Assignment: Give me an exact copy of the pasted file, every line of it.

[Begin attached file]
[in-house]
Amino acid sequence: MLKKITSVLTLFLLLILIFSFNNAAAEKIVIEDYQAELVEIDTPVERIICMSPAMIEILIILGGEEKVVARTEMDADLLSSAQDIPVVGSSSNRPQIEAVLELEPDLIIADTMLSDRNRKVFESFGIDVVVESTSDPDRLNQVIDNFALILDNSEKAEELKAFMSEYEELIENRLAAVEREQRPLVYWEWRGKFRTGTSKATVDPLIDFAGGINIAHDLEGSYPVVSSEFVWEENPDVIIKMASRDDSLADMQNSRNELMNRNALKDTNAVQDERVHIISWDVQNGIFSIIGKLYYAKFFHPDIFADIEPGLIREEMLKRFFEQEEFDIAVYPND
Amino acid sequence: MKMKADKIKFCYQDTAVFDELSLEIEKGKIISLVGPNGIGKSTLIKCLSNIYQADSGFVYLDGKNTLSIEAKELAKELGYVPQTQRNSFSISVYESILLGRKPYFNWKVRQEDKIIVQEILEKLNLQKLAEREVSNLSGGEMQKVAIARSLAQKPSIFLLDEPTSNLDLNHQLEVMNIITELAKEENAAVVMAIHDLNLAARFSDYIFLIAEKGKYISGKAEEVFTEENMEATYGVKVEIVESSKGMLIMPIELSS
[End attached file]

[in-house]
Amino acid sequence: MLKKITSVLTLFLLLILIFSFNNAAAEKIVIEDYQAELVEIDTPVERIICMSPAMIEILIILGGEEKVVARTEMDADLLSSAQDIPVVGSSSNRPQIEAVLELEPDLIIADTMLSDRNRKVFESFGIDVVVESTSDPDRLNQVIDNFALILDNSEKAEELKAFMSEYEELIENRLAAVEREQRPLVYWEWRGKFRTGTSKATVDPLIDFAGGINIAHDLEGSYPVVSSEFVWEENPDVIIKMASRDDSLADMQNSRNELMNRNALKDTNAVQDERVHIISWDVQNGIFSIIGKLYYAKFFHPDIFADIEPGLIREEMLKRFFEQEEFDIAVYPND
Amino acid sequence: MKMKADKIKFCYQDTAVFDELSLEIEKGKIISLVGPNGIGKSTLIKCLSNIYQADSGFVYLDGKNTLSIEAKELAKELGYVPQTQRNSFSISVYESILLGRKPYFNWKVRQEDKIIVQEILEKLNLQKLAEREVSNLSGGEMQKVAIARSLAQKPSIFLLDEPTSNLDLNHQLEVMNIITELAKEENAAVVMAIHDLNLAARFSDYIFLIAEKGKYISGKAEEVFTEENMEATYGVKVEIVESSKGMLIMPIELSS